The Savior Generals: How Five Commanders Saved Wars That Were Lost — From Ancient Greece to Iraq, by Victor Davis Hanson (Bloomsbury, 320 pp., $28)
If the universal genius of such commanders as Alexander, Caesar, and Napoleon is equal to the most varied chances of war, the narrower virtuosity of the “savior generals,” Victor Davis Hanson writes in his absorbing new book, enables them to excel in the singular art of salvaging wars that appear to be lost.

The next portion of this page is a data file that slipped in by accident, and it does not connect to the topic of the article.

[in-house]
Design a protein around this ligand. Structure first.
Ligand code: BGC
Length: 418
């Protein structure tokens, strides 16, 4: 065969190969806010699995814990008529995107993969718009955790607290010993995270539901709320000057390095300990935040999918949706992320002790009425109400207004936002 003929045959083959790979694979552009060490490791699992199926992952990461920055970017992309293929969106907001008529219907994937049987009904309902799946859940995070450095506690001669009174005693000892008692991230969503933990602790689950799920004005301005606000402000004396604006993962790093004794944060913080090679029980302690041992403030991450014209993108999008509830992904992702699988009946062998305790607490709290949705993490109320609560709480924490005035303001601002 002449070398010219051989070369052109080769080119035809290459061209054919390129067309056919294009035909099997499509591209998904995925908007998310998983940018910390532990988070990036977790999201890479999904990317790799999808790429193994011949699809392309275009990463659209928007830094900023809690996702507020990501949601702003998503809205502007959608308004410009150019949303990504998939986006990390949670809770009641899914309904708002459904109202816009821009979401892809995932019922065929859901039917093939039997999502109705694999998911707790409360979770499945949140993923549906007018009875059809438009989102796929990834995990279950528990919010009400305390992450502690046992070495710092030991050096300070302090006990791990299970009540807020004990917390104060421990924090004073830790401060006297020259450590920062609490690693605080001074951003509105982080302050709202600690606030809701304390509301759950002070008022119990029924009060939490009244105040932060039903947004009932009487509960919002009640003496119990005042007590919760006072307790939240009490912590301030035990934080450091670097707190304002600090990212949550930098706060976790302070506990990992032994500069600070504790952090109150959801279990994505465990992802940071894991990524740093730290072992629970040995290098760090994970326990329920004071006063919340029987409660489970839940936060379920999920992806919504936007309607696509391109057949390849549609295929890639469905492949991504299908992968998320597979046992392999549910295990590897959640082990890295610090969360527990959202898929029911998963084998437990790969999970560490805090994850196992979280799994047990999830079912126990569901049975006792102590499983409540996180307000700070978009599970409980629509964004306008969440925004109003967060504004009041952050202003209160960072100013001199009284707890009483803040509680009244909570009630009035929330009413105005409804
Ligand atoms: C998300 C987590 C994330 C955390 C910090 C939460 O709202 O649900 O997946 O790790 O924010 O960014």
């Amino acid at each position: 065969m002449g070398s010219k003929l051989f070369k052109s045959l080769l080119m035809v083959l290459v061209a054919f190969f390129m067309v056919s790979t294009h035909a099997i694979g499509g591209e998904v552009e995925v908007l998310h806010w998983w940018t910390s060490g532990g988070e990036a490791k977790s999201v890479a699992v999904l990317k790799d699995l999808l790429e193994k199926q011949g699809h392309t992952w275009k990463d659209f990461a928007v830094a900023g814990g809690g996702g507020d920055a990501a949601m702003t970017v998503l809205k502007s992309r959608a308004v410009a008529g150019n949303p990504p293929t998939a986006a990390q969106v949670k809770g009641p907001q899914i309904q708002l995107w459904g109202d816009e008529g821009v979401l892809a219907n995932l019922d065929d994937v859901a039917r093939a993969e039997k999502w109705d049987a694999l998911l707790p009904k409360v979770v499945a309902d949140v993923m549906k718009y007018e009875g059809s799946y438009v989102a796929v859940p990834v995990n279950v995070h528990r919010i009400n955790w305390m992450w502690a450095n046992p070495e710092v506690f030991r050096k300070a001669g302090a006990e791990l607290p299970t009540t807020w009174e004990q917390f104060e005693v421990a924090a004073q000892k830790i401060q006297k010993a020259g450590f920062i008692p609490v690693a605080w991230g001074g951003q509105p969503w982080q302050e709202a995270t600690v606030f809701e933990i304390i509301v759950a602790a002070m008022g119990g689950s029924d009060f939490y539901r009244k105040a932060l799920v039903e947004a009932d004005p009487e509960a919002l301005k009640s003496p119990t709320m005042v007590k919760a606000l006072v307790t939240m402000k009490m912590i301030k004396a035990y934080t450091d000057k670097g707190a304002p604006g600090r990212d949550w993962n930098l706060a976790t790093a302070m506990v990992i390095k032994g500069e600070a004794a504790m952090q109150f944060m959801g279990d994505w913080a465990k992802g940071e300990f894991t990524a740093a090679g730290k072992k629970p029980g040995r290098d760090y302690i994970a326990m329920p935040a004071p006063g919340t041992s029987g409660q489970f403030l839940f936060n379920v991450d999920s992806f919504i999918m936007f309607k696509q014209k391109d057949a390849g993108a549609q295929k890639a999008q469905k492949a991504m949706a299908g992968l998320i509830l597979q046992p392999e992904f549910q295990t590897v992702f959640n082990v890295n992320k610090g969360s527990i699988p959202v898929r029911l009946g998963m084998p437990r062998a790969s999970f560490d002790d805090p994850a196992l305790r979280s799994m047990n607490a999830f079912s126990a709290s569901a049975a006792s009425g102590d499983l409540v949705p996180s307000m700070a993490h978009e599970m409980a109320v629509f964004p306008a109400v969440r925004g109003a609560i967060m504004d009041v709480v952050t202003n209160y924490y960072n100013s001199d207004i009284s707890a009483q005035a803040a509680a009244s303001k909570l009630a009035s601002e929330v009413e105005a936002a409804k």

Hanson finds the exemplary instance of a savior general in Themistocles, the Athenian who came into his own in the lowest ebb of his city’s fortunes. After the Greek defeat at Thermopylae, a massive Persian army under Xerxes descended to Boeotia and Attica. In this dark moment, Hanson writes, the “salvation of Athens rested solely on the vision of a single firebrand” who in the midst of general despair perceived the enemy’s weakness and found a way to take advantage of it. The result was the naval battle in the Bay of Salamis, in which Greek sailors eviscerated the Persian fleet. Xerxes retired into Asia, and the following summer the demoralized rump of his expeditionary force was annihilated at Plataea.